A Los Alamos National Laboratory’s key energy security mission is developing safe and sustainable fuels for nuclear energy.

For now uranium dioxide, a radioactive actinide oxide, is the most widely used nuclear fuel in today’s nuclear power plants. But a new “combustion synthesis” process recently established for lanthanide metals – non-radioactive elements that are positioned one row above actinides on the periodic table – could be a guide for the production of safe, sustainable nuclear fuels in the actinide level.

Combustion synthesis of LnBTA compound. Image Credit: Los Alamos National Laboratory. Click image for the animation and largest view.

Bi Nguyen, Los Alamos National Laboratory Agnew postdoc and lead author of research recently published in the journal Inorganic Chemistry, which was selected as an American Chemical Society Editors’ Choice Featured Article said, “Actinide nitride fuels are potentially a safer and more economical option in current power-generating systems. Nitride fuels are also well suited to future Generation IV nuclear power systems, which focus on safety, and feature a sustainable closed reactor fuel cycle. Actinide nitrides have superior thermal conductivity compared to the oxides and are significantly more energy dense.”

Nitrides are a class of chemical compounds that contain nitrogen, versus oxides, which contain oxygen.

Actinide nitride fuels would provide more safety and sustainability because of their energy density, offering up more energy from less material, as well as better thermal conductivity – allowing for lower temperature operations, giving them a larger margin to meltdown under abnormal conditions.

The catch has been actinide nitrides are very challenging to make and the production of large amounts of high purity actinide nitrides continues to be a major impediment to their application. Both actinides and lanthanides are at the bottom of the periodic table and potential methods to make actinide materials are typically first tested with the lanthanides because they behave similarly, but are not radioactive.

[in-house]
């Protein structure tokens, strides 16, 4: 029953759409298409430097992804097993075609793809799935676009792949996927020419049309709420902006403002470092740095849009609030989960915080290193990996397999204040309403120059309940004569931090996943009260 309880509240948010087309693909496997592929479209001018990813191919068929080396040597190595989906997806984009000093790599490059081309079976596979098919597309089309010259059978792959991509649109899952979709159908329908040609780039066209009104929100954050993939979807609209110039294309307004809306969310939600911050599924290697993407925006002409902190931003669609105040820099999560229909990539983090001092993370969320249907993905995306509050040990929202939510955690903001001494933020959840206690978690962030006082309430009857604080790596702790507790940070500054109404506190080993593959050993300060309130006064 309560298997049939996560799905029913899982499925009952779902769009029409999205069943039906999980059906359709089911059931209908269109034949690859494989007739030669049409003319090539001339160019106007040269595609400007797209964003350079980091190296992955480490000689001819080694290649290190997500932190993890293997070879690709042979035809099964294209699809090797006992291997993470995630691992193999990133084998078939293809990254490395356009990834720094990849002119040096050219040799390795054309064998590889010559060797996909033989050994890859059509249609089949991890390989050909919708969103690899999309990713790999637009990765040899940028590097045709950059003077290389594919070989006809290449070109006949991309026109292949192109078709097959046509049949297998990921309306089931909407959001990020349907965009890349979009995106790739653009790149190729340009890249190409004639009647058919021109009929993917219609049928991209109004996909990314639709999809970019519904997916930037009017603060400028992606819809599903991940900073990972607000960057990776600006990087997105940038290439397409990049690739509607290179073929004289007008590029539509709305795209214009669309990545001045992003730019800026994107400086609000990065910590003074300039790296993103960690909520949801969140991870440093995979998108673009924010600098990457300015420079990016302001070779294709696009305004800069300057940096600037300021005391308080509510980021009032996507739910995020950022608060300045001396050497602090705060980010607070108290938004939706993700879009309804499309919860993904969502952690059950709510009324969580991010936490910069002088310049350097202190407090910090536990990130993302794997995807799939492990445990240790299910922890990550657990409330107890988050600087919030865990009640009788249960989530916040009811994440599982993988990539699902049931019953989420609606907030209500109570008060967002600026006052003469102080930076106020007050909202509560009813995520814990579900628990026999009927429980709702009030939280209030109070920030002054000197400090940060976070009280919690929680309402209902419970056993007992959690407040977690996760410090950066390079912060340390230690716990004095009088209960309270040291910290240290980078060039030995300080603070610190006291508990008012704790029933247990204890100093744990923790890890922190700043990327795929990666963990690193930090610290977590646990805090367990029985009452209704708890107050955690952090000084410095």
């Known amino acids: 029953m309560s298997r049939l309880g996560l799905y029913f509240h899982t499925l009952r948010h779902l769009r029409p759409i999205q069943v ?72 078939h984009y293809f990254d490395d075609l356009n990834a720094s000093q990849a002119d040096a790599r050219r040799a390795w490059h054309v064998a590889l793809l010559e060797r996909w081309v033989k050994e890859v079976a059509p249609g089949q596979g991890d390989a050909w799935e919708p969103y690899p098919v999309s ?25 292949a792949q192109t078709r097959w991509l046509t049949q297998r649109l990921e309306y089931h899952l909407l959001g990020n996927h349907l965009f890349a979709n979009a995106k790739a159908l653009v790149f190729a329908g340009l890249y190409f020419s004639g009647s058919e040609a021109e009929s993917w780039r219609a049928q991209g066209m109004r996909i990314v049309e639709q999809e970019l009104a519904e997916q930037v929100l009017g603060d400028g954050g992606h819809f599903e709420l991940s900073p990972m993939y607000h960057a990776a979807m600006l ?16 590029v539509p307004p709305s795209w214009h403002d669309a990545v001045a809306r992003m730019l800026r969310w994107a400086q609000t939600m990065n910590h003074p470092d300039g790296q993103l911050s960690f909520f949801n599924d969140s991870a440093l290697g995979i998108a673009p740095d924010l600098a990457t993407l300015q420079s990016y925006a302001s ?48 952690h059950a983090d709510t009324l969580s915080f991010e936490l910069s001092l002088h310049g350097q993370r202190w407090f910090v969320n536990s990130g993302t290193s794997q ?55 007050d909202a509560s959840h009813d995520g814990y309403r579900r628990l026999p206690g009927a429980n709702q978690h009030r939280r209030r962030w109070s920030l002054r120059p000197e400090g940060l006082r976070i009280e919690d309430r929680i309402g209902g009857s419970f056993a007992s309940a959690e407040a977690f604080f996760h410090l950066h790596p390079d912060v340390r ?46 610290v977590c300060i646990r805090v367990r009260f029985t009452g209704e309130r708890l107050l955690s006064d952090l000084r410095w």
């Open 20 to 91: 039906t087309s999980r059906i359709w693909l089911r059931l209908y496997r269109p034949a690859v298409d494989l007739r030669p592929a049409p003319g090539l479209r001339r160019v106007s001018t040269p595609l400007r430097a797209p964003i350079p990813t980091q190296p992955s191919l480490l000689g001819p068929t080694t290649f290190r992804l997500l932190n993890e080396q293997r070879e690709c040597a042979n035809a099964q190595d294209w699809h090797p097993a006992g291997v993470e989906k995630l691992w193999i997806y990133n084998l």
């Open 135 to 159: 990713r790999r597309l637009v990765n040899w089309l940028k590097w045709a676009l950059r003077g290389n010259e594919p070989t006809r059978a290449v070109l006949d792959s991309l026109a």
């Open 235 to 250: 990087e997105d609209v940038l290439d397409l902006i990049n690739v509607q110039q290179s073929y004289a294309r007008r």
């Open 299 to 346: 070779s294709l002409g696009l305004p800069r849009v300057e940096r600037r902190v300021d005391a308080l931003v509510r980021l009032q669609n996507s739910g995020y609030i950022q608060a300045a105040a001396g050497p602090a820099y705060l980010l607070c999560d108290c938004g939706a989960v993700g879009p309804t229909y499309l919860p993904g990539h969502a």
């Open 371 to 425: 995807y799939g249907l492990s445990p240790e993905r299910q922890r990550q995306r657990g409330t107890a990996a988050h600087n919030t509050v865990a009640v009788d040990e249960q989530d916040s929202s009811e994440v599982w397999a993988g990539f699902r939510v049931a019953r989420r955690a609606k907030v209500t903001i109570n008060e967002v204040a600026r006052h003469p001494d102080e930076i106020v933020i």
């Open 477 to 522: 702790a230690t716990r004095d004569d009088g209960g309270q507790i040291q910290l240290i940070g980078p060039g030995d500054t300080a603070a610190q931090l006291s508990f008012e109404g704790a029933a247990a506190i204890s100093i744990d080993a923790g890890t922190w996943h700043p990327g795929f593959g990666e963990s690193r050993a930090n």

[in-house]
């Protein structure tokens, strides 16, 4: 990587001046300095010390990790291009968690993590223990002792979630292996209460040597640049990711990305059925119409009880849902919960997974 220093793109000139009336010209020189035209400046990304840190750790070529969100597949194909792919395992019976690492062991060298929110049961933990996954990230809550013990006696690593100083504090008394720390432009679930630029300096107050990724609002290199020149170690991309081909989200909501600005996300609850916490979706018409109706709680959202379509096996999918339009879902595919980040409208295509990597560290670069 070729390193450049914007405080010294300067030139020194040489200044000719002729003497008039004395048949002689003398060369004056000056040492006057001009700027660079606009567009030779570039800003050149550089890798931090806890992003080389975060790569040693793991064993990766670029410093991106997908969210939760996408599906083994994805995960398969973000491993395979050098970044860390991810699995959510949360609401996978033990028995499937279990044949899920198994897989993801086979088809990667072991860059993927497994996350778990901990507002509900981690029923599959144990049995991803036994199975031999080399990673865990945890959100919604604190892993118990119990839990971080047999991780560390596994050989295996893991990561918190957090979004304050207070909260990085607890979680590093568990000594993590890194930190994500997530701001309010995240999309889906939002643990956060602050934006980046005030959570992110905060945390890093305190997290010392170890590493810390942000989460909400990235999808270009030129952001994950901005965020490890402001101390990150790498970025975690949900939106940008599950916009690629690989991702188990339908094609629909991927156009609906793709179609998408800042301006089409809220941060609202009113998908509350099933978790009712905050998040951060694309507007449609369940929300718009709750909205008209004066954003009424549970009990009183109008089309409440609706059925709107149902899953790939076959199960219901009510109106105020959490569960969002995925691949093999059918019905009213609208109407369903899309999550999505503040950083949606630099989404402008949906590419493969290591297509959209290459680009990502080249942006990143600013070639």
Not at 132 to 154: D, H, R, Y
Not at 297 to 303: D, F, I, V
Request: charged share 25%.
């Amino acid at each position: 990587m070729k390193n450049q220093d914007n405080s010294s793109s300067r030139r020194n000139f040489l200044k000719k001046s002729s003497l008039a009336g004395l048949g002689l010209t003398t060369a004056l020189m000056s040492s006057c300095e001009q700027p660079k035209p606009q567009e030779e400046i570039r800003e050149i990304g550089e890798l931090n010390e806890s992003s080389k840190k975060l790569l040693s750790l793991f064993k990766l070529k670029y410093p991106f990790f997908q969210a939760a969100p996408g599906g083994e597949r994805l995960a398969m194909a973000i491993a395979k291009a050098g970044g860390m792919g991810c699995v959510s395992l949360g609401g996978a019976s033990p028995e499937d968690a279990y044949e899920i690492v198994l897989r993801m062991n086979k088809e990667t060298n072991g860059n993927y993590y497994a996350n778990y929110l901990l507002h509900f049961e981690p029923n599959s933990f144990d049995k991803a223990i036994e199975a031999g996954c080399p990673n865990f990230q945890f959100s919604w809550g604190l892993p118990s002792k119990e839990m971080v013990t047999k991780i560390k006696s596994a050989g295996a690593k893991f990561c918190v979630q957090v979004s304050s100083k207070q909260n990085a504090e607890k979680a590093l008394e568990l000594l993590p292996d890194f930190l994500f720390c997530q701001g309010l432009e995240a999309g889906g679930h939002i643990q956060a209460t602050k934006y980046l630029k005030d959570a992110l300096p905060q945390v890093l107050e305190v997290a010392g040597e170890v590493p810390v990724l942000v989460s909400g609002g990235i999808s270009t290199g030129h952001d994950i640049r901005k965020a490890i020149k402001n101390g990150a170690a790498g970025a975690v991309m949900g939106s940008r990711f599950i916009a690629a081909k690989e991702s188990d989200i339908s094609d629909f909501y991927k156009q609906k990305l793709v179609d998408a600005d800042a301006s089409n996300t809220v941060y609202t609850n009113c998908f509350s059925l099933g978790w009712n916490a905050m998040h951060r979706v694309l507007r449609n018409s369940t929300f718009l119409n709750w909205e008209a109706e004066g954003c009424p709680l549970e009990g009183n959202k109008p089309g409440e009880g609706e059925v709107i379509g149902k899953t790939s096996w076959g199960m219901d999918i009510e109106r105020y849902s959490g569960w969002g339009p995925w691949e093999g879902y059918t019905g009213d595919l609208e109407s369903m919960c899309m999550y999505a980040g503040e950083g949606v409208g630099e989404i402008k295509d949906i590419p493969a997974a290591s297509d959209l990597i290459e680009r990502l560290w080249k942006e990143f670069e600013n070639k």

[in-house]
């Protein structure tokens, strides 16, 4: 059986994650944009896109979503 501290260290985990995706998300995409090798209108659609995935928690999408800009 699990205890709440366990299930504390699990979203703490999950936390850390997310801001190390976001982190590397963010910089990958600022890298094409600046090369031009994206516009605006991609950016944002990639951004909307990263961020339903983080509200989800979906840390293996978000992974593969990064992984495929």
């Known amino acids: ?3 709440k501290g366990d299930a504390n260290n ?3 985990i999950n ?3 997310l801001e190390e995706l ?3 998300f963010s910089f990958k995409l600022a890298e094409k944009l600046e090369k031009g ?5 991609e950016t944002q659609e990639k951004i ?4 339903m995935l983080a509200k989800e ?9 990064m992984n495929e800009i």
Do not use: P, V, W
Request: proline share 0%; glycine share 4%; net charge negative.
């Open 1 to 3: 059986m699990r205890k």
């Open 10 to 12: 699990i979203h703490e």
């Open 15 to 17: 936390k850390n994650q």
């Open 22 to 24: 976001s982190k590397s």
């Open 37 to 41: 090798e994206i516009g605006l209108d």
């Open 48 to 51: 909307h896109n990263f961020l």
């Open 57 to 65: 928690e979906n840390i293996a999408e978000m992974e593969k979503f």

The breakthrough is Los Alamos National Laboratory and Naval Research Laboratory scientists discovered that LnBTA [lanthanide bis(tetrazolato)amine] compounds can be burned to produce high-purity lanthanide nitride foams in a unique technique called combustion synthesis. This method uses a laser pulse to initiate dehydrated LnBTA complexes, which then undergo a self-sustained combustion reaction in an inert atmosphere to yield nanostructured lanthanide nitride foams.

LnBTA compounds are easily prepared in bulk and their combustion is readily scalable. There is an ongoing collaboration between the Laboratory’s Weapons Modernization and Chemistry divisions to examine actinide analogues for combustion synthesis of actinide nitride fuels.

The work was funded by the Laboratory Directed Research and Development (LDRD) program.

This work might just be what’s needed to crack the nuclear fission roadblock that has stalled America’s nuclear program. Its a near certainty that regulatory and political barriers are still going to be in the way, but the arguments coming from those will be significantly minimized. There is a large base of nuclear power potential in plants shut down and scheduled to shut down with immense potential to offer consumers from cell phones to electric vehicles a far less costly way to energize a modern economy.


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